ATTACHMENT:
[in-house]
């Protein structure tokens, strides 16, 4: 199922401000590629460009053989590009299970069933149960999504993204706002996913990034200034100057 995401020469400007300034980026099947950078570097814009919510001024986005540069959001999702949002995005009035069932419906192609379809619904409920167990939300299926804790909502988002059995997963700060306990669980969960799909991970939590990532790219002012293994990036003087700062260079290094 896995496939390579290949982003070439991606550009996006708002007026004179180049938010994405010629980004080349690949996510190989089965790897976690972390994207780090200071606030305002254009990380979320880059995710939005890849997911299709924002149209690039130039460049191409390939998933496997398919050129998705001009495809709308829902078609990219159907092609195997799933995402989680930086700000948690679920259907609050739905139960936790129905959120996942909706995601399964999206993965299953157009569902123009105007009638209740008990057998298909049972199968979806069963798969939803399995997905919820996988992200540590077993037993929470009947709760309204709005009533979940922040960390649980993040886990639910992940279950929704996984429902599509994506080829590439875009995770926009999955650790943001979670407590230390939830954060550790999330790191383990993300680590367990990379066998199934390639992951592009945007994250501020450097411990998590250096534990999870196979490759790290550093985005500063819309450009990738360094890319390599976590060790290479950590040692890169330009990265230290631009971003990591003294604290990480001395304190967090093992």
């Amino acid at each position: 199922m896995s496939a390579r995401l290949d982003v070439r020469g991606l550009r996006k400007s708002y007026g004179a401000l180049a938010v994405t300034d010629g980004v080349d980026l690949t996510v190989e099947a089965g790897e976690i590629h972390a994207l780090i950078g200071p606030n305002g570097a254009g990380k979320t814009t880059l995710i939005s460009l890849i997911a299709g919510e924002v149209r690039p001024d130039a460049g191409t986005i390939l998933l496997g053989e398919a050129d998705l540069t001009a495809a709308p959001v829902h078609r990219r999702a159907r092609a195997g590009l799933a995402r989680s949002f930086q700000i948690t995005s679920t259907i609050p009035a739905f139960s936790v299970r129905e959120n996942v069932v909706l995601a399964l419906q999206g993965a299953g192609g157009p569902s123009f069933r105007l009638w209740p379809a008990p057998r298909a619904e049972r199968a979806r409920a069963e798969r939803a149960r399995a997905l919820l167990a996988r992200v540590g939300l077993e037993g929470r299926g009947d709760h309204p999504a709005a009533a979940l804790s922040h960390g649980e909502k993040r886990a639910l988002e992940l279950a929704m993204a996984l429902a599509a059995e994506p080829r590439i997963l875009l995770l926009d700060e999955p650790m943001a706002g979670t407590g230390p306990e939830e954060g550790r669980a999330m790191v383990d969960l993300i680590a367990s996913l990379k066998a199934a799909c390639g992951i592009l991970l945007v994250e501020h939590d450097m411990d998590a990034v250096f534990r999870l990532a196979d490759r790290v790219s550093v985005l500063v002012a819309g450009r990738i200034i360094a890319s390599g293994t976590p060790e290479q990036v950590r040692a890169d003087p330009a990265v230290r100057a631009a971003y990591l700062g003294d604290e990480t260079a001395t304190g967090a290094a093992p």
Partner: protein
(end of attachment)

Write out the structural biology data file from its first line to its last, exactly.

[in-house]
């Protein structure tokens, strides 16, 4: 199922401000590629460009053989590009299970069933149960999504993204706002996913990034200034100057 995401020469400007300034980026099947950078570097814009919510001024986005540069959001999702949002995005009035069932419906192609379809619904409920167990939300299926804790909502988002059995997963700060306990669980969960799909991970939590990532790219002012293994990036003087700062260079290094 896995496939390579290949982003070439991606550009996006708002007026004179180049938010994405010629980004080349690949996510190989089965790897976690972390994207780090200071606030305002254009990380979320880059995710939005890849997911299709924002149209690039130039460049191409390939998933496997398919050129998705001009495809709308829902078609990219159907092609195997799933995402989680930086700000948690679920259907609050739905139960936790129905959120996942909706995601399964999206993965299953157009569902123009105007009638209740008990057998298909049972199968979806069963798969939803399995997905919820996988992200540590077993037993929470009947709760309204709005009533979940922040960390649980993040886990639910992940279950929704996984429902599509994506080829590439875009995770926009999955650790943001979670407590230390939830954060550790999330790191383990993300680590367990990379066998199934390639992951592009945007994250501020450097411990998590250096534990999870196979490759790290550093985005500063819309450009990738360094890319390599976590060790290479950590040692890169330009990265230290631009971003990591003294604290990480001395304190967090093992």
């Amino acid at each position: 199922m896995s496939a390579r995401l290949d982003v070439r020469g991606l550009r996006k400007s708002y007026g004179a401000l180049a938010v994405t300034d010629g980004v080349d980026l690949t996510v190989e099947a089965g790897e976690i590629h972390a994207l780090i950078g200071p606030n305002g570097a254009g990380k979320t814009t880059l995710i939005s460009l890849i997911a299709g919510e924002v149209r690039p001024d130039a460049g191409t986005i390939l998933l496997g053989e398919a050129d998705l540069t001009a495809a709308p959001v829902h078609r990219r999702a159907r092609a195997g590009l799933a995402r989680s949002f930086q700000i948690t995005s679920t259907i609050p009035a739905f139960s936790v299970r129905e959120n996942v069932v909706l995601a399964l419906q999206g993965a299953g192609g157009p569902s123009f069933r105007l009638w209740p379809a008990p057998r298909a619904e049972r199968a979806r409920a069963e798969r939803a149960r399995a997905l919820l167990a996988r992200v540590g939300l077993e037993g929470r299926g009947d709760h309204p999504a709005a009533a979940l804790s922040h960390g649980e909502k993040r886990a639910l988002e992940l279950a929704m993204a996984l429902a599509a059995e994506p080829r590439i997963l875009l995770l926009d700060e999955p650790m943001a706002g979670t407590g230390p306990e939830e954060g550790r669980a999330m790191v383990d969960l993300i680590a367990s996913l990379k066998a199934a799909c390639g992951i592009l991970l945007v994250e501020h939590d450097m411990d998590a990034v250096f534990r999870l990532a196979d490759r790290v790219s550093v985005l500063v002012a819309g450009r990738i200034i360094a890319s390599g293994t976590p060790e290479q990036v950590r040692a890169d003087p330009a990265v230290r100057a631009a971003y990591l700062g003294d604290e990480t260079a001395t304190g967090a290094a093992p």
Partner: protein